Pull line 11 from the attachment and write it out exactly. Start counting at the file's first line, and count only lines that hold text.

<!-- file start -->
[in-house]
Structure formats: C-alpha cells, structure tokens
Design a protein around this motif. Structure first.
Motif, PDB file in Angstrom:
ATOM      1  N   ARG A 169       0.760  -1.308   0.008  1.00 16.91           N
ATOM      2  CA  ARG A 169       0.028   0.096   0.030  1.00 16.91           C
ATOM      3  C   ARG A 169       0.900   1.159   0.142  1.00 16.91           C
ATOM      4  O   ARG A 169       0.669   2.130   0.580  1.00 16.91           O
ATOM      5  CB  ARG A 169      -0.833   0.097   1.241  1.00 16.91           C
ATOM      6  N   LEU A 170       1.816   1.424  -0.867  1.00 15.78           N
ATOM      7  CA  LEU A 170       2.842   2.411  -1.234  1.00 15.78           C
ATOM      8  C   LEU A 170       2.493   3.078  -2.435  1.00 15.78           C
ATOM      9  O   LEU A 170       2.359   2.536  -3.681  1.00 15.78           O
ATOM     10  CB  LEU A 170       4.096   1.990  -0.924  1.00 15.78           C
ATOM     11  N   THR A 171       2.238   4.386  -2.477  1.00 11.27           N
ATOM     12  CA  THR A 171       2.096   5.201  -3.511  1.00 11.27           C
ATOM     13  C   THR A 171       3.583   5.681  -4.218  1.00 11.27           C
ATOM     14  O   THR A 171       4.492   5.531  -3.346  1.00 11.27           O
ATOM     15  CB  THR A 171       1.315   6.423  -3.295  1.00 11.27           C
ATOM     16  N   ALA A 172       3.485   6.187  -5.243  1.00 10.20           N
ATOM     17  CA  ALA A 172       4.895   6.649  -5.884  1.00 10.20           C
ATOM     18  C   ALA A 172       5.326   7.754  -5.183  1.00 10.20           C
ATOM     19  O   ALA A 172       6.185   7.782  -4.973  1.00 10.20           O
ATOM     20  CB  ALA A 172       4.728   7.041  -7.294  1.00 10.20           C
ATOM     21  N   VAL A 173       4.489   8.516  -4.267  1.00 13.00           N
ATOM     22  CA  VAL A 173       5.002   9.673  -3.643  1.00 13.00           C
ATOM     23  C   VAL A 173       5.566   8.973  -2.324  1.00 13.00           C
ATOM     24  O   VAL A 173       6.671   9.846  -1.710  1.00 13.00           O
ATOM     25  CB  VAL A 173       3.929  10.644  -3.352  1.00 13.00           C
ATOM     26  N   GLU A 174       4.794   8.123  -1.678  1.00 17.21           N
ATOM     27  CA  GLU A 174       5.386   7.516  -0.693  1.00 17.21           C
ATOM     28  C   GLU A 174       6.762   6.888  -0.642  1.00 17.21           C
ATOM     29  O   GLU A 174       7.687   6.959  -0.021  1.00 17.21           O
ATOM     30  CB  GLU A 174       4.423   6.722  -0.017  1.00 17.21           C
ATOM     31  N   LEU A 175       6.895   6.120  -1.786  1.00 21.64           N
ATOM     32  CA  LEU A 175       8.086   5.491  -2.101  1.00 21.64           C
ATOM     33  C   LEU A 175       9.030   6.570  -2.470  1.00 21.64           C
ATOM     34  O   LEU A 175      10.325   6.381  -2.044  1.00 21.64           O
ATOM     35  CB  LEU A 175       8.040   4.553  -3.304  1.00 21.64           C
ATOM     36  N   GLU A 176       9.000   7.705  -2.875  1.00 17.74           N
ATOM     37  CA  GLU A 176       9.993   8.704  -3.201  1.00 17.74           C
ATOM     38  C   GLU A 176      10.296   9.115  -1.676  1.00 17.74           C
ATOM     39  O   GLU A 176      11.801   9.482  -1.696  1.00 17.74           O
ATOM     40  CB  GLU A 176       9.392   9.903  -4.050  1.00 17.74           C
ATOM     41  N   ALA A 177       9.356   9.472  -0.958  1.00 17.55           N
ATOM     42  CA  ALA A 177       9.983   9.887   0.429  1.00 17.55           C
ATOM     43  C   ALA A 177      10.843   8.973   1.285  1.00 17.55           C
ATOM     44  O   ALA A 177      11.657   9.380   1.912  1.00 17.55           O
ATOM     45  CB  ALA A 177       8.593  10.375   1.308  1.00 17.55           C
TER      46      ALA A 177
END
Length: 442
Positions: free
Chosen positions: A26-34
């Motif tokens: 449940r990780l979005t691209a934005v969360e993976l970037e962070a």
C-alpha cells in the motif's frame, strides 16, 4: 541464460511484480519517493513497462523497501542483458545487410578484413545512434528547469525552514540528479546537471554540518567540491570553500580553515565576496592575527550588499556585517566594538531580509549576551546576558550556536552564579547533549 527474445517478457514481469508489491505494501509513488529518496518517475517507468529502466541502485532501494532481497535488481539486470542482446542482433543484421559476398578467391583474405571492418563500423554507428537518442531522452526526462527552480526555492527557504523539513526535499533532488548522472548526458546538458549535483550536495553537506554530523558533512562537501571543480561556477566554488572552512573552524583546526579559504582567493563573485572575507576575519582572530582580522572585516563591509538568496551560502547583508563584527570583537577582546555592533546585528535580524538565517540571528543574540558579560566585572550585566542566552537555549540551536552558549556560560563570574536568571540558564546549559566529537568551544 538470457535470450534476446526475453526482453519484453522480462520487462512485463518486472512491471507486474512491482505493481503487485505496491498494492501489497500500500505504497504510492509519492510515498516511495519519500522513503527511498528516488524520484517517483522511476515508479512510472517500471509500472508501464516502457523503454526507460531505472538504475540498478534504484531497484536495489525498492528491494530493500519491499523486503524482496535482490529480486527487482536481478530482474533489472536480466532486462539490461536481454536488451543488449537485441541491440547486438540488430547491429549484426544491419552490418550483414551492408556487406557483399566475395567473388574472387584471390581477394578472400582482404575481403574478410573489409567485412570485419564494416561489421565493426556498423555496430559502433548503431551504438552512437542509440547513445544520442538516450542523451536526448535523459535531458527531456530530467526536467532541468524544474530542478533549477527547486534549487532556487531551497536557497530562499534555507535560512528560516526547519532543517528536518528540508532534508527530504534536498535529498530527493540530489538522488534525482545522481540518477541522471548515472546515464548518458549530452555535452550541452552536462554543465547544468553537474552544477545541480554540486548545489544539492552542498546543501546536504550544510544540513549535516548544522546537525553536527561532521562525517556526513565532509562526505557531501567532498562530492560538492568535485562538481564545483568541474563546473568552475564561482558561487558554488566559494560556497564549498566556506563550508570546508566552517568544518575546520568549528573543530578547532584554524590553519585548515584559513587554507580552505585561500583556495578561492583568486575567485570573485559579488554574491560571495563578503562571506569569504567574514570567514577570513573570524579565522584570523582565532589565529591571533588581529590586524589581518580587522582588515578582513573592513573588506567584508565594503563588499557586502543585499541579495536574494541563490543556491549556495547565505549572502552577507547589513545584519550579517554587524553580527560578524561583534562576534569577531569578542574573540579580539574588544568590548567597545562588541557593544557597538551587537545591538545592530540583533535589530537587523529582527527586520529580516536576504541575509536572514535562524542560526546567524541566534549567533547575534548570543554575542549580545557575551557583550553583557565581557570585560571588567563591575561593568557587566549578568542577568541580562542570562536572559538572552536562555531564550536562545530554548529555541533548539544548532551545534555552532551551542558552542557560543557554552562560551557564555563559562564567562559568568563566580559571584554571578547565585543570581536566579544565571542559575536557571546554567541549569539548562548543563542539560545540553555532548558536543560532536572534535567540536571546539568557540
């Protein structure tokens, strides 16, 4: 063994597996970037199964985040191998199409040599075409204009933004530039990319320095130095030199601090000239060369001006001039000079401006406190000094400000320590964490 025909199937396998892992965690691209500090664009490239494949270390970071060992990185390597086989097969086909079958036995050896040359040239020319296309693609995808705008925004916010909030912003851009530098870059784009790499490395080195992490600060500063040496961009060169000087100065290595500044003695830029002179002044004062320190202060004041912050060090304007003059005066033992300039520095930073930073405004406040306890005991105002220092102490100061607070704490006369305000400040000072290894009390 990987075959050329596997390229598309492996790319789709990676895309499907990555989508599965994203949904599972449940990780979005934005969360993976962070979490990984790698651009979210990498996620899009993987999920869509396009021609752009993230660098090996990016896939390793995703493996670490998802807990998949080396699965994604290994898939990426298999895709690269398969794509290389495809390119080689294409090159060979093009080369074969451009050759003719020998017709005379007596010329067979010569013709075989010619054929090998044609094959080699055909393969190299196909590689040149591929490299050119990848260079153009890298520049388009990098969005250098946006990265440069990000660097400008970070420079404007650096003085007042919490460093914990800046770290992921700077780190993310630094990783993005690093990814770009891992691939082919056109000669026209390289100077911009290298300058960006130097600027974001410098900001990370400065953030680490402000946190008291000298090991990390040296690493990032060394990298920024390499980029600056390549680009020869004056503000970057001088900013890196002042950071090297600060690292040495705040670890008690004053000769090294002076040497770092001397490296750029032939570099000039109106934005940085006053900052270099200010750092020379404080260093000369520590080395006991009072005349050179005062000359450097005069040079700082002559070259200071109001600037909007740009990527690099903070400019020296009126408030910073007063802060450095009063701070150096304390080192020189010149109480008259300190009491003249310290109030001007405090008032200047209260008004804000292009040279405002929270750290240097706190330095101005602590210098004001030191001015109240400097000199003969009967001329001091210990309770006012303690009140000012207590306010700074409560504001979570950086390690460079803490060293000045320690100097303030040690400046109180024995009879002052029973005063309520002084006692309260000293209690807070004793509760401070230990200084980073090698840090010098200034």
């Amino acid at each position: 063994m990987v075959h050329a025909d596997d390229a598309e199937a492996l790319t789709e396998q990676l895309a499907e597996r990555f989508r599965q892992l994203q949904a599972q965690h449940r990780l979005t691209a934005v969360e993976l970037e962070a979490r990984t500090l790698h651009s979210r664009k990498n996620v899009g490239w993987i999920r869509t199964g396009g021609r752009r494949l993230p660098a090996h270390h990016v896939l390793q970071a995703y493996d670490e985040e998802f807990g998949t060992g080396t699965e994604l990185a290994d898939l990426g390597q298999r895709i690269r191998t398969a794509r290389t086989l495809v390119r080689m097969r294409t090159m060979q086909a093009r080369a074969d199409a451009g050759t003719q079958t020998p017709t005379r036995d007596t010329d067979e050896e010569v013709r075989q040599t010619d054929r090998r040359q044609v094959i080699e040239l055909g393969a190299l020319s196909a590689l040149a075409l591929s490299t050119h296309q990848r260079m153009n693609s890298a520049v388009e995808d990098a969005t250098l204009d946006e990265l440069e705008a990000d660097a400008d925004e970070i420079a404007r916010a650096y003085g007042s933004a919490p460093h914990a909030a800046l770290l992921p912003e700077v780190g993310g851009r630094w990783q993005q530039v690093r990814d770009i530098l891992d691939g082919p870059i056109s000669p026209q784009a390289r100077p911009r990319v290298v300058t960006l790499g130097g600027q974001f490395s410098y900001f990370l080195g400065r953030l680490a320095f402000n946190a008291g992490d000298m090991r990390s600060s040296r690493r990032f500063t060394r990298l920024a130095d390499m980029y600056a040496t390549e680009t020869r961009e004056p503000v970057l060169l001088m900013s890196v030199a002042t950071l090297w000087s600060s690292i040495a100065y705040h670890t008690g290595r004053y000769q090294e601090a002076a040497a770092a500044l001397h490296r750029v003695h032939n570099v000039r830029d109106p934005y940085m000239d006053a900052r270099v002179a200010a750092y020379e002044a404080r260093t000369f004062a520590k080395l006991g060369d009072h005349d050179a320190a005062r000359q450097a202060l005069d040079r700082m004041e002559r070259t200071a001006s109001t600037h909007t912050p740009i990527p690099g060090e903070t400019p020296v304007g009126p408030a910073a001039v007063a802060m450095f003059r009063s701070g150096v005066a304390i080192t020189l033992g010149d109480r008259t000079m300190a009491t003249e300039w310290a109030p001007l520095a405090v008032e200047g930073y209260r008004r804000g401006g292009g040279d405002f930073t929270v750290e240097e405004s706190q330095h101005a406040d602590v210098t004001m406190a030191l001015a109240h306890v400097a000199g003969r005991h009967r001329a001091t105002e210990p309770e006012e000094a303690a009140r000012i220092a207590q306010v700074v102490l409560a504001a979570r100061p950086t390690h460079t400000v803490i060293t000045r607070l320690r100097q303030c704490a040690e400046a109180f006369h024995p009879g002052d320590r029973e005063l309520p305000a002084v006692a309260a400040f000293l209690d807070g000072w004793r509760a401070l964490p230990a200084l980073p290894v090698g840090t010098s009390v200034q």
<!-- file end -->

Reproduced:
ATOM      7  CA  LEU A 170       2.842   2.411  -1.234  1.00 15.78           C